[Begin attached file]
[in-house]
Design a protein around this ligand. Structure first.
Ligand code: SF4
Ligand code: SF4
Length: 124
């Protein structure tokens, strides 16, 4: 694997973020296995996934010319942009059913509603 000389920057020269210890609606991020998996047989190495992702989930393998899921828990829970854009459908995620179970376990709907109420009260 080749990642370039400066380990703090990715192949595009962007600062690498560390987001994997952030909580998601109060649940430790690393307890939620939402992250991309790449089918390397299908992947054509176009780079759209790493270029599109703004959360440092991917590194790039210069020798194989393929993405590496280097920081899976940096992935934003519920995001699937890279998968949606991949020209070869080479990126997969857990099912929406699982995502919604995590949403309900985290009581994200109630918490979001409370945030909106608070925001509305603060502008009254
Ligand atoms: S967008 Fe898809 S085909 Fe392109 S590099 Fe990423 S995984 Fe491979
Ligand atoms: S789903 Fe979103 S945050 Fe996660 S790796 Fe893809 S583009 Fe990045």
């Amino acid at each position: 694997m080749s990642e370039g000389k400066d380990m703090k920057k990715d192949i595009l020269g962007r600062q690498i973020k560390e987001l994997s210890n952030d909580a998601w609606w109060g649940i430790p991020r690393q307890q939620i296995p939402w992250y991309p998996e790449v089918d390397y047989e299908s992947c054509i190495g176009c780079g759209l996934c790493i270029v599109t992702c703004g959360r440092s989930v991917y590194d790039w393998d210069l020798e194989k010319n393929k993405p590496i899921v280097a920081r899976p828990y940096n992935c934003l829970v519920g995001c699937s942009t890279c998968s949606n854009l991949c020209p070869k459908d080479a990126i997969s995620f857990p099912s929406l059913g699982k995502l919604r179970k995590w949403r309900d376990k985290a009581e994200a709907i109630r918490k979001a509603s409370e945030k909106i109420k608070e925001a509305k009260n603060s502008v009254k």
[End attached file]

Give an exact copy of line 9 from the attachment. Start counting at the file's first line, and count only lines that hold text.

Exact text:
């Amino acid at each position: 694997m080749s990642e370039g000389k400066d380990m703090k920057k990715d192949i595009l020269g962007r600062q690498i973020k560390e987001l994997s210890n952030d909580a998601w609606w109060g649940i430790p991020r690393q307890q939620i296995p939402w992250y991309p998996e790449v089918d390397y047989e299908s992947c054509i190495g176009c780079g759209l996934c790493i270029v599109t992702c703004g959360r440092s989930v991917y590194d790039w393998d210069l020798e194989k010319n393929k993405p590496i899921v280097a920081r899976p828990y940096n992935c934003l829970v519920g995001c699937s942009t890279c998968s949606n854009l991949c020209p070869k459908d080479a990126i997969s995620f857990p099912s929406l059913g699982k995502l919604r179970k995590w949403r309900d376990k985290a009581e994200a709907i109630r918490k979001a509603s409370e945030k909106i109420k608070e925001a509305k009260n603060s502008v009254k």